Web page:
Milky Way's biggest star may have had a different beginning
The current theory of star formation has a problem: it cannot make big stars.
In the standard star-making recipe, stars are formed in the depths of gas clouds made from molecular hydrogen. These clouds form the coldest part of the gas that exists between the stars throughout the Milky Way's galaxy disc. In the densest regions of the cloud, gravity presses down to form a core which then sucks on the surrounding gas until it is big enough to begin nuclear fusion.
This picture is immensely successful for forming a star like our own sun. However, try the same model with a star ten times larger and you swiftly run into problems. When a stellar core with size ambitions increases in mass, its temperature also begins to rise. As it heats from the chilly 10 K (-263 °C) to that approaching 100 K (-173 °C), gas can no longer flow onto its surface. This caps its growth. The extra heat also means the star begins to radiate energy, pushing away the surrounding material.
One way around this problem is to start with a much larger core. The boost at the beginning of the star's life would allow it to reach a higher mass before the temperature and radiation became prohibitively high. Yet, the formation of a core of the necessary size requires densities higher than those typically found inside an isolated gas cloud.
This idea led astrophysicists to consider a new theory: what if two clouds were to collide to create a big star?
Such a violent encounter would create a strong boost in density at the point where the clouds crunch together, potentially causing a much larger volume of gas to succumb to its own gravitational force and collapse to form a massive core. This idea for triggered star formation has the backing of the theorists who predict that cloud collisions should be relatively common place events. Nevertheless, it has continued to remain on the outskirts of mainstream theories due to the simple fact that such encounters assumed to be frequent have been observed very rarely.
However, this lack of observational evidence has recently changed with new discoveries surrounding the formation of Super Star Clusters. That name is accurately descriptive. Super Star Clusters are groups of stars that are tightly packed with around 10,000 stars squeezed into a volume ten times smaller than a normal star cluster. As with high mass star formation, the creation of these objects requires a large volume of gas to collapse rapidly which is impossible to rectify with traditional star formation theories.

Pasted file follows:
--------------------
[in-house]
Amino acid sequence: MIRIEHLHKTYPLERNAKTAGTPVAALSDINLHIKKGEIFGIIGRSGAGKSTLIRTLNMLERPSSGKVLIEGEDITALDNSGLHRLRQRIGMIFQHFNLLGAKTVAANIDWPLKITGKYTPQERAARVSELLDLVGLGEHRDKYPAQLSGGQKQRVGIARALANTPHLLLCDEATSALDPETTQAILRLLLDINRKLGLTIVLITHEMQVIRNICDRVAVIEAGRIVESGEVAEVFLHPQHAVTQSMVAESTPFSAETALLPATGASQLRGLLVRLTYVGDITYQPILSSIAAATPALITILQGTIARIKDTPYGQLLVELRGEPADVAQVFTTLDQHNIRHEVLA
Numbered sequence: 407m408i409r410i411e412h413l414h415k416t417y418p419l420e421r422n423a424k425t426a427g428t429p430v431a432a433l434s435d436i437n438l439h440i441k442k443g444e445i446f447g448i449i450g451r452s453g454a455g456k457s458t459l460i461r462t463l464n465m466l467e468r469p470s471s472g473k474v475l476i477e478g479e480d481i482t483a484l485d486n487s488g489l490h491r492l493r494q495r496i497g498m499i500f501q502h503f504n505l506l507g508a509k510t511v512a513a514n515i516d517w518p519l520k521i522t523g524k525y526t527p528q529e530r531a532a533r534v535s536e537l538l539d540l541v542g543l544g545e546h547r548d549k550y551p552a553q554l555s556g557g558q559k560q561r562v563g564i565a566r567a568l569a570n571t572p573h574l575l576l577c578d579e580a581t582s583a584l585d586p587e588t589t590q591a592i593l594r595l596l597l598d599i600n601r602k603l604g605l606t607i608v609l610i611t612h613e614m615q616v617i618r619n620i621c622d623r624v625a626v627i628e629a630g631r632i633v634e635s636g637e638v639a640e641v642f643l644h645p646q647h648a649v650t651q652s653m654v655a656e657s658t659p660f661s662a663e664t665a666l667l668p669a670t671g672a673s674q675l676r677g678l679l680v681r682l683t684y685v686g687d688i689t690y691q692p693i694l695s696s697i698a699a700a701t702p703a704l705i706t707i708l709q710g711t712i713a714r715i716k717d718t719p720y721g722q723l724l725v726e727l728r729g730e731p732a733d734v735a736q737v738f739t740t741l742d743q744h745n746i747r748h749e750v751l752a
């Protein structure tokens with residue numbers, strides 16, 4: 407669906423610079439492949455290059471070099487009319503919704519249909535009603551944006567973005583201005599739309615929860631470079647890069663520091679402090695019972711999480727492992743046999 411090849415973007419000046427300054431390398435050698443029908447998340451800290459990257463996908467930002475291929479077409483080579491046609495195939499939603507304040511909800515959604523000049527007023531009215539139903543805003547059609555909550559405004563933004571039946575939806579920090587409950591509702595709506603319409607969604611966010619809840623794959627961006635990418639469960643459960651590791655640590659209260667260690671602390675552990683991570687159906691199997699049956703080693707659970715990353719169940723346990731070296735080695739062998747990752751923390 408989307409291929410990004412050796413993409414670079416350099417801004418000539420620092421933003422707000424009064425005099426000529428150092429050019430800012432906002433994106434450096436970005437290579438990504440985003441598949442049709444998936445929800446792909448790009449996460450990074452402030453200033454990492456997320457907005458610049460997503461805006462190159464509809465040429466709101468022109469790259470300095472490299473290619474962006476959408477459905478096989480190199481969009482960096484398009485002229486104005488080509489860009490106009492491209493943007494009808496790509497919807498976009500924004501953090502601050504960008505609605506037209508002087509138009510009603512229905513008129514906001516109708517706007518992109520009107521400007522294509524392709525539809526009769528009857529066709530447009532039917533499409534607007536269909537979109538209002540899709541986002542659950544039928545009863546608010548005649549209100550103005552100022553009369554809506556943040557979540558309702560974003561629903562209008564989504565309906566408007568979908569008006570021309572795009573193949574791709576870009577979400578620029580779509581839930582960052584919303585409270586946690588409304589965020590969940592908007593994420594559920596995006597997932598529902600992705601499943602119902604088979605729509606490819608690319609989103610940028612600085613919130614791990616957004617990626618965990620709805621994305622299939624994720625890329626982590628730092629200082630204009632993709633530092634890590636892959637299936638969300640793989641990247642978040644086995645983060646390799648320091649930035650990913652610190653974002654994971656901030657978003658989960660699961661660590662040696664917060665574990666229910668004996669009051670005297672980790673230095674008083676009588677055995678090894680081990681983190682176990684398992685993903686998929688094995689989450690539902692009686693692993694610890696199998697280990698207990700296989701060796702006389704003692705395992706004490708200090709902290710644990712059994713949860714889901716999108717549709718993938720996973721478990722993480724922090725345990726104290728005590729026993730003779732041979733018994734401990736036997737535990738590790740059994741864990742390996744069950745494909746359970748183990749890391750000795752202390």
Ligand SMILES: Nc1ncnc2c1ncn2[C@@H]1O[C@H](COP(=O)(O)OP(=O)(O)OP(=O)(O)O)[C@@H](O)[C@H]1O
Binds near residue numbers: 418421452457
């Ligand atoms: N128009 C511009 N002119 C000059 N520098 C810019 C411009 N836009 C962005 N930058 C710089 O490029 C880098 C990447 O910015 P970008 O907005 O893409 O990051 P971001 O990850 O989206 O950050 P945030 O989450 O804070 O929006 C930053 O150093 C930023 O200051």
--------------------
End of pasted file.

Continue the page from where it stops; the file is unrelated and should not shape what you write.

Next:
It was during the observations of four Super Star Clusters that Yasuo Fukui at Nagoya University in Japan spotted something important. Associated with each cluster were two clouds moving towards each other at velocities greater than 20 km/s (around 45,000 mph). At these speeds, gas would shock at the point of collision, raising the density high enough to cause the collapse of a massive object. The team concluded that these were indeed cloud collision events and this clash had been the cause of the Super Star Cluster formation (papers for this Super Star Cluster formation are here and here).
While this discovery put cloud collisions firmly on the star formation theory map, four examples were not enough to account for all high mass star formation in our galaxy. Yet, Fukui suspected the same mechanism might be in play for both Super Star Clusters and high mass stars. To prove this, his group turned to objects already well known in the astrophysical community: the Spitzer bubbles.
Beauty and the gas beast
Named after the infrared space telescope that was used to detect them, the Spitzer bubbles are full or partial rings of gas that litter our galaxy like foam in a bathtub. The most popular consensus for their origin is that they are the result of strong winds blown from a central star forming inside a cloud. This theory has three problems:
1. Winds strong enough to create such a bubble can only have been caused by a radiating high mass star, but such an object is rarely seen near the centre of the bubbles.
2. The bubble's interior often contains dust which should have been evacuated along with the gas in the outward push from the winds.
3. A fully three-dimensional bubble would not look like a ring when viewed on the sky. For a ring to appear would require not only a particular flattened cloud morphology, but also a specific viewing angle, which seems unlikely given that hundreds of bubbles are observed.
These inconsistencies caused Fukui's group to observe 52 of the Spitzer bubbles. They discovered something that cast the bubbles' origin in a whole new light. While the bubbles lacked a massive star at their centre, high mass stars were seen along the bubble wall. Not only that, but more than half the cases observed had two gas clouds associated with bubbles exactly as that seen for the Super Star Clusters.
Fukui thought it was possible these objects too could be the result of cloud collisions. But was their shape consistent with such a proposition?
To investigate this, my research group at Hokkaido University took over and ran computer simulations of cloud collisions. We confirmed what Fukui had suspected—that massive cores of gas were formed at the interface of two colliding clouds. If these clouds were different sizes, this interface became curved, showing a ring structure typical of the Spitzer bubbles.
A calculation based on the number of large gas clouds in the galaxy, the speeds of the Spitzer bubble clouds and the typical mass of stars observed in their rims gives an estimated triggered star formation rate that is very close to the observed rate. While any new theory needs to be able to stand the test of time as it faces other competing models, it does look possible that we might finally be looking at the main way our galaxy's biggest stars form.
This story is published courtesy of The Conversation (under Creative Commons-Attribution/No derivatives).